RBI still counting notes deposited after demonetisation, Urjit Patel tells Parliamentary panel
Reserve Bank of India Governor Urjit Patel once again refused to give the amount of demonetised notes deposited with banks after Centre's note ban last year saying they are still being counted. The RBI Governor appeared before a Parliamentary panel for the second time where he is understood to have conveyed that the process to count junked note is still on. During the more than three-hour long meeting of the Standing Committee on Finance, Patel took a lot of questions but members, who did not want to be named, said he did not provide any "specific number" on the amount of money that came back to the system post-demonetisation on November 8, 2017.
The Committee is chaired by senior Congress leader M Veerappa Moily.
Patel's inability to provide specific answer on deposits of Rs 500 and Rs 1000 notes, eight months after the drive began, did not go down well with many members of the panel who were reported to have expressed dissatisfaction with his replies.
Moily said the Committee will present its report on demonetisation in the Monsoon Session of Parliament and that the RBI Governor will not be called again on the note ban issue. The session is scheduled to start on July 17 and is expected to conclude on August 11.
"We had a lengthy discussion (on demonetisation and various other issues) today... The panel will not be calling RBI Governor again on the issue of demonetisation," Moily told PTI.
This was Patel's second appearance before the panel after cancellation of old Rs 500 and 1,000 currency notes on November 8 -- a government decision which had attracted a lot of criticism from the Opposition.
In January too, the RBI governor had appeared before the committee and had told the members that he would submit a statement on the amount of money that came back into the system after demonetisation.
Along with Patel, RBI Deputy Governor S S Mundra was also present at today's meeting.
‘RBI has cut staff holidays to count junked notes’
Patel said employees are working "round the clock" except on Sundays. He said counting of cancelled Rs 500 and Rs 1,000 currency notes goes on continuously for six days a week. The RBI chief informed the members that the central bank has curtailed holidays for its employees for counting of the junked notes.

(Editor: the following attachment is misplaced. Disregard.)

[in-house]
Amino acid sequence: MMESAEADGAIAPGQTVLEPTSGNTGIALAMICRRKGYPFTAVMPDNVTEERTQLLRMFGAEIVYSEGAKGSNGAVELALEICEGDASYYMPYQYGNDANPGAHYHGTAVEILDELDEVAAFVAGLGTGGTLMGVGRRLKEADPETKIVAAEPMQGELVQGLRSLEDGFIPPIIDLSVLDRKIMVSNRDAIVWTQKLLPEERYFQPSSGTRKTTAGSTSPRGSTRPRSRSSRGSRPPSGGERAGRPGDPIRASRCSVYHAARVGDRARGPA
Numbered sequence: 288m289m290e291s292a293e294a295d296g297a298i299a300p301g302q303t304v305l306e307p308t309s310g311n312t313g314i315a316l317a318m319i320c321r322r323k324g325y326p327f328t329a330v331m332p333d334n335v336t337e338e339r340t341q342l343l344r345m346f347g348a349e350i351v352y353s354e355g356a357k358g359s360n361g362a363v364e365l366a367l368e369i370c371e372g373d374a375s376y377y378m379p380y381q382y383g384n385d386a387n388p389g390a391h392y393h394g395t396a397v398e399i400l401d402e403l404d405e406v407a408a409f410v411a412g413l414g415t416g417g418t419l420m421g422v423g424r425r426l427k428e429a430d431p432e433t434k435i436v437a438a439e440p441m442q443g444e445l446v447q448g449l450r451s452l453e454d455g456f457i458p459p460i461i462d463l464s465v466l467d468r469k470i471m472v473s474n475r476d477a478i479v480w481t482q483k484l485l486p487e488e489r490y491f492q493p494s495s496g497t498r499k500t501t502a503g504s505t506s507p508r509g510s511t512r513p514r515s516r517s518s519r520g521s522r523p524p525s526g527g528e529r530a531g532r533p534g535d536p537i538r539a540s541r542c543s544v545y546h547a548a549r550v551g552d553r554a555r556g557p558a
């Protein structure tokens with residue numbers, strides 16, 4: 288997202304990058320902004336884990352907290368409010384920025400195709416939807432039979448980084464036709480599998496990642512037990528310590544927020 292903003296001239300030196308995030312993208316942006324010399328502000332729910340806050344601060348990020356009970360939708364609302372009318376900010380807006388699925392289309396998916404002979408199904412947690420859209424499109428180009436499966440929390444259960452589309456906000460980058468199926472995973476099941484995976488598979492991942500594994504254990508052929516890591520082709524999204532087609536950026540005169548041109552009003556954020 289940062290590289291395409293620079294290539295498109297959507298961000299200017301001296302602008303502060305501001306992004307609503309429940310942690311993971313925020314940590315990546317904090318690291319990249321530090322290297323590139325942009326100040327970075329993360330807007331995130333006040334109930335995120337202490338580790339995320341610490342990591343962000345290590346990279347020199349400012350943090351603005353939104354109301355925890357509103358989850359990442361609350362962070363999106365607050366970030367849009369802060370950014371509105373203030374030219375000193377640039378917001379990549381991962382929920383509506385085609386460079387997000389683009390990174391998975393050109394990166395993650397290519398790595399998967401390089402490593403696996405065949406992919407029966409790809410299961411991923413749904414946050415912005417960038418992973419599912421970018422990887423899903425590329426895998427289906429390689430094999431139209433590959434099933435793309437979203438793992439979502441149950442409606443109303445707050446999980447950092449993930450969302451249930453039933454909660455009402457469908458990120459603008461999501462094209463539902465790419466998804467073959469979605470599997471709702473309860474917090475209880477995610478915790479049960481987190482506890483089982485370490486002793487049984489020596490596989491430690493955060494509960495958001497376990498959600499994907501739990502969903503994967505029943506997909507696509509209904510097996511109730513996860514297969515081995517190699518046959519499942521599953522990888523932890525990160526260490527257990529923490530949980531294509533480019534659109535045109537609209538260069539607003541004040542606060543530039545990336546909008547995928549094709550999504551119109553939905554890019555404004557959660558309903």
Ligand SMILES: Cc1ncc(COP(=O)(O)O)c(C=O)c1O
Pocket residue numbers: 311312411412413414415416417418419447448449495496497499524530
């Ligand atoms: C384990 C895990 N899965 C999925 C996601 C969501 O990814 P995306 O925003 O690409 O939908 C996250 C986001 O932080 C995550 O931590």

Except Sundays, the counting is continuously going on "round the clock" six days a week, a member of the panel quoted Patel as saying. There are more than 15,000 staff at the RBI.
According to members PTI spoke to, the central bank governor informed the panel that besides Saturdays, many other holidays have also been suspended in order to complete the mammoth task. The RBI has also issued tenders for new machines for counting of the notes, Patel told the committee.
‘Will RBI be able to provide figures by next LS elections?’
The panel's meeting lasted for more than three hours and was attended by former Prime Minister Manmohan Singh, among others.
During the course of meeting, when members from opposition parties tried to grill the governor, Moily and BJP MP Nishikant Dubey intervened.
One Congress member even asked whether RBI would be able to provide details of the amount of cash deposited post- demonetisation by May 2019, the time by when the tenure of the current regime ends.
Manmohan Singh did not ask any question to the governor, according to three panel members. Interestingly, it was Singh who had rescued Patel from a tough grilling during the January meeting when he intervened to say that the central bank and the governor's position as an institution should be respected.
Other questions asked at the meeting
Patel also parried a question on Wednesday at a meeting of the Parliamentary Standing Committee on Finance on the names of 12 industrialists whose outstanding loans amounted to 25 per cent of the Non-Performing Assets in the banking system.
Samajwadi Party member Naresh Agrawal staged a brief walk out from the meeting after not being satisfied with the response to his questions.
He is understood to have demanded the names of 12 industrialists whose outstanding loans amounted to 25 per cent of the Non-Performing Assets in the banking system.
Members also asked questions about the vigil being maintained over the use of bitcoins.
Issues relating to GDP growth and progress towards digital economy also figured in the meeting.
Members are learnt to have asked about transaction cost being levied on digital payments and inadequate presence of banks in rural areas.
(With PTI inputs)